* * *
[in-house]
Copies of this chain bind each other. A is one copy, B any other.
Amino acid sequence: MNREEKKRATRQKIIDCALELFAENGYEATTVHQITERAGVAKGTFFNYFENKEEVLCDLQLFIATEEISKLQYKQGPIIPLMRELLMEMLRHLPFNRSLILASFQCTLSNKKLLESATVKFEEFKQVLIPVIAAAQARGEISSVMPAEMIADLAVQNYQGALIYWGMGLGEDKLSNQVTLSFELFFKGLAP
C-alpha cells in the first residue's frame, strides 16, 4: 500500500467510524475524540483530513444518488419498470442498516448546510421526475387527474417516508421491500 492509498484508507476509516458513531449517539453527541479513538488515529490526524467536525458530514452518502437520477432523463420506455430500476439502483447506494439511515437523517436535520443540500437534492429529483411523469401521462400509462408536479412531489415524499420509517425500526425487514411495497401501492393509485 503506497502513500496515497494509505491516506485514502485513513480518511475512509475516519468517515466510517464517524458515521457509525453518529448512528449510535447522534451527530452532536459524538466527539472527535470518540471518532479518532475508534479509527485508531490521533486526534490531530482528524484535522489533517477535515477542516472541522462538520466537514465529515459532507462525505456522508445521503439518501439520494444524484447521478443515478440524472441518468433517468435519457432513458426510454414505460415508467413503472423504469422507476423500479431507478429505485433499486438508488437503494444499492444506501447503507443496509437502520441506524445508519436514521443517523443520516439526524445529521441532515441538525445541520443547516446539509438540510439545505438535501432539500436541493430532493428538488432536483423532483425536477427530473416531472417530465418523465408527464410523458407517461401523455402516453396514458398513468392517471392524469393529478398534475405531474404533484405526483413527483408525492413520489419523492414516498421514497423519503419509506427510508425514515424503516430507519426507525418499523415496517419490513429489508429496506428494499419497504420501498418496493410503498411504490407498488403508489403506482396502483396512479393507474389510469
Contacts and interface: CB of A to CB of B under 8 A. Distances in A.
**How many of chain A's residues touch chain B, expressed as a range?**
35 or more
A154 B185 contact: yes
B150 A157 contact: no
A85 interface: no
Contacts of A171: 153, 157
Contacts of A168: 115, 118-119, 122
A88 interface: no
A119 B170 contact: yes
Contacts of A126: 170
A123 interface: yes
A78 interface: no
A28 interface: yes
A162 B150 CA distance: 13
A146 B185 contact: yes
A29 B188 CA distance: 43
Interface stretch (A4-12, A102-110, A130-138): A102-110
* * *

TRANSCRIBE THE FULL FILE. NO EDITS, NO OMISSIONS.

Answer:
[in-house]
Copies of this chain bind each other. A is one copy, B any other.
Amino acid sequence: MNREEKKRATRQKIIDCALELFAENGYEATTVHQITERAGVAKGTFFNYFENKEEVLCDLQLFIATEEISKLQYKQGPIIPLMRELLMEMLRHLPFNRSLILASFQCTLSNKKLLESATVKFEEFKQVLIPVIAAAQARGEISSVMPAEMIADLAVQNYQGALIYWGMGLGEDKLSNQVTLSFELFFKGLAP
C-alpha cells in the first residue's frame, strides 16, 4: 500500500467510524475524540483530513444518488419498470442498516448546510421526475387527474417516508421491500 492509498484508507476509516458513531449517539453527541479513538488515529490526524467536525458530514452518502437520477432523463420506455430500476439502483447506494439511515437523517436535520443540500437534492429529483411523469401521462400509462408536479412531489415524499420509517425500526425487514411495497401501492393509485 503506497502513500496515497494509505491516506485514502485513513480518511475512509475516519468517515466510517464517524458515521457509525453518529448512528449510535447522534451527530452532536459524538466527539472527535470518540471518532479518532475508534479509527485508531490521533486526534490531530482528524484535522489533517477535515477542516472541522462538520466537514465529515459532507462525505456522508445521503439518501439520494444524484447521478443515478440524472441518468433517468435519457432513458426510454414505460415508467413503472423504469422507476423500479431507478429505485433499486438508488437503494444499492444506501447503507443496509437502520441506524445508519436514521443517523443520516439526524445529521441532515441538525445541520443547516446539509438540510439545505438535501432539500436541493430532493428538488432536483423532483425536477427530473416531472417530465418523465408527464410523458407517461401523455402516453396514458398513468392517471392524469393529478398534475405531474404533484405526483413527483408525492413520489419523492414516498421514497423519503419509506427510508425514515424503516430507519426507525418499523415496517419490513429489508429496506428494499419497504420501498418496493410503498411504490407498488403508489403506482396502483396512479393507474389510469
Contacts and interface: CB of A to CB of B under 8 A. Distances in A.
**How many of chain A's residues touch chain B, expressed as a range?**
35 or more
A154 B185 contact: yes
B150 A157 contact: no
A85 interface: no
Contacts of A171: 153, 157
Contacts of A168: 115, 118-119, 122
A88 interface: no
A119 B170 contact: yes
Contacts of A126: 170
A123 interface: yes
A78 interface: no
A28 interface: yes
A162 B150 CA distance: 13
A146 B185 contact: yes
A29 B188 CA distance: 43
Interface stretch (A4-12, A102-110, A130-138): A102-110